Kenyan Mice Help Decode Genome
Susan Linnee,
Associated Press Writer

12:02 PM EDT; July 16, 2000; Nairobi, KENYA (AP) -- Nibbling away in boxes filled with wood chips in a building overlooking the Ngong Hills, thousands of Kenyan mice are ready for the most important job of their lives. Now that scientists and researchers have mapped about 97 percent of the human genome, they will need a guide to help them navigate the secrets of the genes. The Nairobi rodents, they hope, will be their Virgils.

The genomes of mice and humans are 80 percent identical [homologous]; they have virtually identical sets of genes, but the sequences differ slightly. A comparative study of mouse genes will help explain the significance of the string of 3 billion genetic letters uncovered in the milestone sequencing of human DNA announced in June in Washington. "The human genome sequence stops here. To find the function of the (human) genes, here actually comes the mouse," said Fuad Iraqi, molecular geneticist and gene mapper extraordinaire. In order to determine the function of human genes researchers can remove parallel genes from so-called "knock-out mice," that often reveal by their subsequent defects the natural functions of the genes they lack.

Iraqi, a 39-year-old Arab-Israeli, runs the mouse project at the International Livestock Research Institute (ILRI) on the outskirts of the Kenyan capital. He is one of group of [400 - 500] mouse specialists around the world who meet every so often to compare notes. This year at their meeting in Philadelphia the project to map the mouse genome was officially launched. With about 97 percent of the human genome sequenced, the equipment and resources involved in that endeavor are now being dedicated to the mouse, only the fourth living organism to be genetically mapped. The other two are the roundworm [ C. Elegans] and the fruit fly [ Drosophila melanogaster].

The mouse community will meet again in November in Narita, Japan, to assess progress. Scientists have been using mice in research since 1664 when English physicist Robert Hooke first observed the reaction of the rodents in his experiments on the properties of air. In its April 14 issue, Science magazine devoted 10 pages to what it called "biomedicine's model mammal," detailing the rise of the international mouse trade and citing forecasters who say mouse use could grow by [10 - 20] percent annually over the next decade. What makes the ILRI mice so interesting to researchers is that they represent 13 generations of crossbred strains that can be used for studying genes underlying traits like lung cancer, malaria, and obesity -- all of interest to human beings and pharmaceutical companies.

The average research mouse population is inbred and does not offer such a broad genetic spectrum to choose from. "This is the only mouse population that exists today to find genes in the mouse related to human genes," Iraqi said, holding a wriggling brown mouse by its tail. Prof. Stephen Kemp, Professor of Molecular Genetics at the University of Liverpool in England, said the crosses of the ILRI mice were originally established using lines which differed in their resistance to sleeping sickness, "and they have already provided very fine localization of the genes involved in this important disease."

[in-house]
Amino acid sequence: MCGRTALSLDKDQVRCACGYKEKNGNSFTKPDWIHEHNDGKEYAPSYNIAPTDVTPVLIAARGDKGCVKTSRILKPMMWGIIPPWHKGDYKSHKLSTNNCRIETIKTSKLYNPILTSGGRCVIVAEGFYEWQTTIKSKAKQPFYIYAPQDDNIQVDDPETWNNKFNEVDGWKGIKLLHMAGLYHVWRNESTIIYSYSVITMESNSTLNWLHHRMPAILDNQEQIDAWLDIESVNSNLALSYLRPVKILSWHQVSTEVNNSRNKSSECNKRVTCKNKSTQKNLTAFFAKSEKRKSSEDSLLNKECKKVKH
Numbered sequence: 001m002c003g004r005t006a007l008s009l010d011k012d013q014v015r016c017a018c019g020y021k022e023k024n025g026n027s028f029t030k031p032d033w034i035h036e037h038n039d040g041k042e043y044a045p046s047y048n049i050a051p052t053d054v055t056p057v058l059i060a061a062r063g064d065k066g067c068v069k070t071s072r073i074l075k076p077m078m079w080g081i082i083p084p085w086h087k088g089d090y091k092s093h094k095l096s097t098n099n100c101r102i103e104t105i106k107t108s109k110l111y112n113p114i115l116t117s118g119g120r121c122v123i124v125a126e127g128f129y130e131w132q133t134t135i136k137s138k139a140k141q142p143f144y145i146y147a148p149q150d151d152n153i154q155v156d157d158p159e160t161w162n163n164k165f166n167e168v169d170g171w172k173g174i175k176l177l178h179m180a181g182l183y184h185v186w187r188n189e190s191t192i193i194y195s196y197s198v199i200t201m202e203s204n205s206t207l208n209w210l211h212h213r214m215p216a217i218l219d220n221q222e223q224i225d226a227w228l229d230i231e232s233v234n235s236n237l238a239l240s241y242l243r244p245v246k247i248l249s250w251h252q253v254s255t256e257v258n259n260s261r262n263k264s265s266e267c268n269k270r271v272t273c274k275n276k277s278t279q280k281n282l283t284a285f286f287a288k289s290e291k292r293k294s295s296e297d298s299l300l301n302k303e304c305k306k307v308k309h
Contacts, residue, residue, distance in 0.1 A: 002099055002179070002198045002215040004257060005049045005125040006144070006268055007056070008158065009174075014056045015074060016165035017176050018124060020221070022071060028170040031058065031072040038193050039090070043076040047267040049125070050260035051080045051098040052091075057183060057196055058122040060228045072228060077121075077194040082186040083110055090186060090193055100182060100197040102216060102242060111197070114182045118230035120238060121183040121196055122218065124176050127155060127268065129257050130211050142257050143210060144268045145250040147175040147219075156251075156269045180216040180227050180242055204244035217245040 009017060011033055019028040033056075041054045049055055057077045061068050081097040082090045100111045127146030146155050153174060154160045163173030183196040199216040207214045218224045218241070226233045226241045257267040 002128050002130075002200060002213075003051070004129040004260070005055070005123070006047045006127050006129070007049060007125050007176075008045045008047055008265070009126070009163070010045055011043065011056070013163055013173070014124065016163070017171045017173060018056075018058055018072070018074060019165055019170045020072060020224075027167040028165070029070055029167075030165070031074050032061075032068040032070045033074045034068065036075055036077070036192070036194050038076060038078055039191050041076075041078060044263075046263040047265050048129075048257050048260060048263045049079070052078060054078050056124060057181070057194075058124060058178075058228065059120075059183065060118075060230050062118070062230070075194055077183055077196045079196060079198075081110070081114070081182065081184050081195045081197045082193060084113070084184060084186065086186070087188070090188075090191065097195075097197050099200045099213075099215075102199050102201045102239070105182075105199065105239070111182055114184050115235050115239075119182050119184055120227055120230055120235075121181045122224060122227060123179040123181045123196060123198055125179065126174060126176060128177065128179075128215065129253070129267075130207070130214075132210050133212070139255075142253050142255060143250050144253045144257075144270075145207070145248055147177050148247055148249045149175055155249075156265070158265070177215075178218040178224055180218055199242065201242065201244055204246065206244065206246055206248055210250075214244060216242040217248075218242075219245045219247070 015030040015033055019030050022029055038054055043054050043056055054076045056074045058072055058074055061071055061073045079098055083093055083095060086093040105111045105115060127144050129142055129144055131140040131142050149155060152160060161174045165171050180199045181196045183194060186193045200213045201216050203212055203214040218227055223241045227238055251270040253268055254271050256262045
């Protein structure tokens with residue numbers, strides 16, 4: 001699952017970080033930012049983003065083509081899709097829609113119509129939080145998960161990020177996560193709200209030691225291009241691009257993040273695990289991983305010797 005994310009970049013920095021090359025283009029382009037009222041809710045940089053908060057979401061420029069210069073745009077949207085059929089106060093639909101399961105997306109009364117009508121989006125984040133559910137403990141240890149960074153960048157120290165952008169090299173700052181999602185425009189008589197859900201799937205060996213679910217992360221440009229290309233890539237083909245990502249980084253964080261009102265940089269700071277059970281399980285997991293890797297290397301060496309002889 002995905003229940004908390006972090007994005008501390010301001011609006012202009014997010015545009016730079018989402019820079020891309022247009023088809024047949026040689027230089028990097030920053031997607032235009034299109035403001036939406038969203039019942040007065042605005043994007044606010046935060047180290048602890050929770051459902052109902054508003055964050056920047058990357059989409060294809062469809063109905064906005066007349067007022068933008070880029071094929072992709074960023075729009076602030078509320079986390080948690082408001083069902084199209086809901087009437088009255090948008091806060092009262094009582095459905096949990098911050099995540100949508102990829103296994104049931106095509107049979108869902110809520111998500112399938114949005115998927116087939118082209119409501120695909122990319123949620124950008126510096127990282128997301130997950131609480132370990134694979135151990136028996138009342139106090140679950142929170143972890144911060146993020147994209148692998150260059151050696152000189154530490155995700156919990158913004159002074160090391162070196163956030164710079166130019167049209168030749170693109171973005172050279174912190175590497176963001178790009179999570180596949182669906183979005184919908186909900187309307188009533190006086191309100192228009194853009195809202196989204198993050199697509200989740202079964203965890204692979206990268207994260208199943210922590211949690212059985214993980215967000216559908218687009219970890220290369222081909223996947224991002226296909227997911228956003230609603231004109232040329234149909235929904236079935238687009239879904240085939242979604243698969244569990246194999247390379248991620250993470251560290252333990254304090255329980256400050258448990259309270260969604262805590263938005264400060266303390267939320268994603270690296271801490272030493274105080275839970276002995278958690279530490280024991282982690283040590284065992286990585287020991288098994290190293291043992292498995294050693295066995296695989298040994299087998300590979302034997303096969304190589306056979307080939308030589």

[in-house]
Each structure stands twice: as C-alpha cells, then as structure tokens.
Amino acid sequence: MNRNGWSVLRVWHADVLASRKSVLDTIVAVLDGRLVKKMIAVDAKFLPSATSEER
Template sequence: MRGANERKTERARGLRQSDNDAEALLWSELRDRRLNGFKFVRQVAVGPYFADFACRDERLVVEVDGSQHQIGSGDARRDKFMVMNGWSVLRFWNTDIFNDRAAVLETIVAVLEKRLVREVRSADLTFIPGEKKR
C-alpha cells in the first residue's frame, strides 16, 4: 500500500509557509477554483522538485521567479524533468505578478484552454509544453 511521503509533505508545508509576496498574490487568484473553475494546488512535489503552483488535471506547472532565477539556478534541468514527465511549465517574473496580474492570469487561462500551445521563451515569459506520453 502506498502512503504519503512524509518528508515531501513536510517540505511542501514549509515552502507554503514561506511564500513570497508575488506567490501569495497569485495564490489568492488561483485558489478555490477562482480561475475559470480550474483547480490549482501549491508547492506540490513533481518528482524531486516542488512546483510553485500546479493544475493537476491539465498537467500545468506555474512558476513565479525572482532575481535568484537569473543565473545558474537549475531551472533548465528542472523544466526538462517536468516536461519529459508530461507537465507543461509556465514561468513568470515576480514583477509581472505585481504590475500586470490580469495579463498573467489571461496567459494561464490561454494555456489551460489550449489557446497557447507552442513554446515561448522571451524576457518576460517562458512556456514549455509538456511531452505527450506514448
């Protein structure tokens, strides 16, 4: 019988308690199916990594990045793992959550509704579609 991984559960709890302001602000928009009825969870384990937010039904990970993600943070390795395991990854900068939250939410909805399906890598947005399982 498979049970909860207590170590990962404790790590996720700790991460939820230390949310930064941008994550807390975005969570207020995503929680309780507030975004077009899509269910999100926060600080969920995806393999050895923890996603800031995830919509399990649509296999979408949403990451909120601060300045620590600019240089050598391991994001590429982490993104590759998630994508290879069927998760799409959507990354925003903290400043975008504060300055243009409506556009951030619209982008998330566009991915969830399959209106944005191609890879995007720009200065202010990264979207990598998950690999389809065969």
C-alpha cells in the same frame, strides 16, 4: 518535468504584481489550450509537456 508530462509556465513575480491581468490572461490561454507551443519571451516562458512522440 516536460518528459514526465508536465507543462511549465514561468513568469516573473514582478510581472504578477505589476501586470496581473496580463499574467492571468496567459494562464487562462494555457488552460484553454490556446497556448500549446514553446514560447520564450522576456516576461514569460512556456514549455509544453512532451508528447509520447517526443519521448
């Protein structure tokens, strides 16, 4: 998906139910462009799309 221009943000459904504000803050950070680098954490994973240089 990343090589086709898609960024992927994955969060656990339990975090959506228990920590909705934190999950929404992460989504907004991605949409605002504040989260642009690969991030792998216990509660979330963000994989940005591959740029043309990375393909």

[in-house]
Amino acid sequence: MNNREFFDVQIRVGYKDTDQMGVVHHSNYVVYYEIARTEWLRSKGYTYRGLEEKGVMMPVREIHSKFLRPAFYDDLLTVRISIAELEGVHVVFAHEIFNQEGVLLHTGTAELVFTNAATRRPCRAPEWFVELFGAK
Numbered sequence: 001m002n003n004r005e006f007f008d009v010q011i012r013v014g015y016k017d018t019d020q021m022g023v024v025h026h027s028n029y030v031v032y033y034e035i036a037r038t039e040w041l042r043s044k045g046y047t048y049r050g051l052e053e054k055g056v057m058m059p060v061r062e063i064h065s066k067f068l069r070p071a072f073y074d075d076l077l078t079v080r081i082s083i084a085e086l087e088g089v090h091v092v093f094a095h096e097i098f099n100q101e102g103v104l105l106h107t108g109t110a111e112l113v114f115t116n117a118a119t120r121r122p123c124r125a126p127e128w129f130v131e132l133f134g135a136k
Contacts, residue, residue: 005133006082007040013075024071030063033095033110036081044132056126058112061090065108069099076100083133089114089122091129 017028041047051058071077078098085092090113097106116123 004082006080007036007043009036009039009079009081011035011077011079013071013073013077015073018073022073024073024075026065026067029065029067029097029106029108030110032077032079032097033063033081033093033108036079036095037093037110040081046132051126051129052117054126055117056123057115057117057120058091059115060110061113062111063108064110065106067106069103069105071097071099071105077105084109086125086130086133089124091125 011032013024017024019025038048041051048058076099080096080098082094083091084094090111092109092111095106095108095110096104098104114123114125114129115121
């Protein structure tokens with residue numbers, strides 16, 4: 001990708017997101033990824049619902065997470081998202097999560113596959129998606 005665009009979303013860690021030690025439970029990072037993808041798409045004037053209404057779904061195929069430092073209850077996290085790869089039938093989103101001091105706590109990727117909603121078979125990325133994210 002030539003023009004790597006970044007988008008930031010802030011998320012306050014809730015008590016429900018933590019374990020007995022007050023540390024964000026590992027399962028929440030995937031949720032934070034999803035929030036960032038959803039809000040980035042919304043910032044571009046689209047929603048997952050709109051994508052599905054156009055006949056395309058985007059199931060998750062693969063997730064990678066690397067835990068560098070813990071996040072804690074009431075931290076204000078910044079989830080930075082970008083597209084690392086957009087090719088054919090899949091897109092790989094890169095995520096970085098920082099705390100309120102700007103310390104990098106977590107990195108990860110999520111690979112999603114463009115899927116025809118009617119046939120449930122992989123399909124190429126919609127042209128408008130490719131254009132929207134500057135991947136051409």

Because the same lines of mice differ in other ways and have different susceptibilities to many diseases and parasites as well as some important behavioral differences (including a predilection for alcohol), Kemp said the ILRI advanced lines "represent an important resource for scientists wishing to isolate the genes involved in all of these traits."

ILRI's original interest in mice arose from its mission to use biotechnology to improve livestock productivity in developing countries, particularly within the small-holder sector. A part of an international consortium of agriculture and livestock research institutes in developing countries, ILRI is funded through the Consultative Group on International Agricultural Research. Iraqi and Tanzanian colleague Onesmo ole-MoiYoi, a molecular biologist, have both used the mice in their research to map and clone mouse genes associated with parasitic diseases that affect cattle in Africa.

Iraqi's department is currently conducting mouse-based gene research for several U.S. institutions on lung cancer, obesity, and the genetic origins of certain human behavioral traits. He said scientists had been aware of the value of the mouse in genetic research since the early 1980s, but they lacked the tools and resources to exploit them.

Since 1995, the introduction of automated gene-sequencing machines (ILRI has four) [Celera Genomics Group, the private firm involved in the mapping of the human and the mouse genomes, has 300] as well as the creation of the specialized mouse population at ILRI have sped up the process and changed everything. Most of the basic mouse research at ILRI is carried out by a laboratory staff of several hundred Kenyans, something that pleases Iraqi enormously. "When I travel and tell people I work in Kenya, they think we're doing science in the bush. They can't imagine that we have highly trained staff and state-of-the-art laboratories. It doesn't fit in with their Discovery Channel vision of Africa," he said. "Actually, with these mice and these people, the South is showing that it has the potential to assist the North."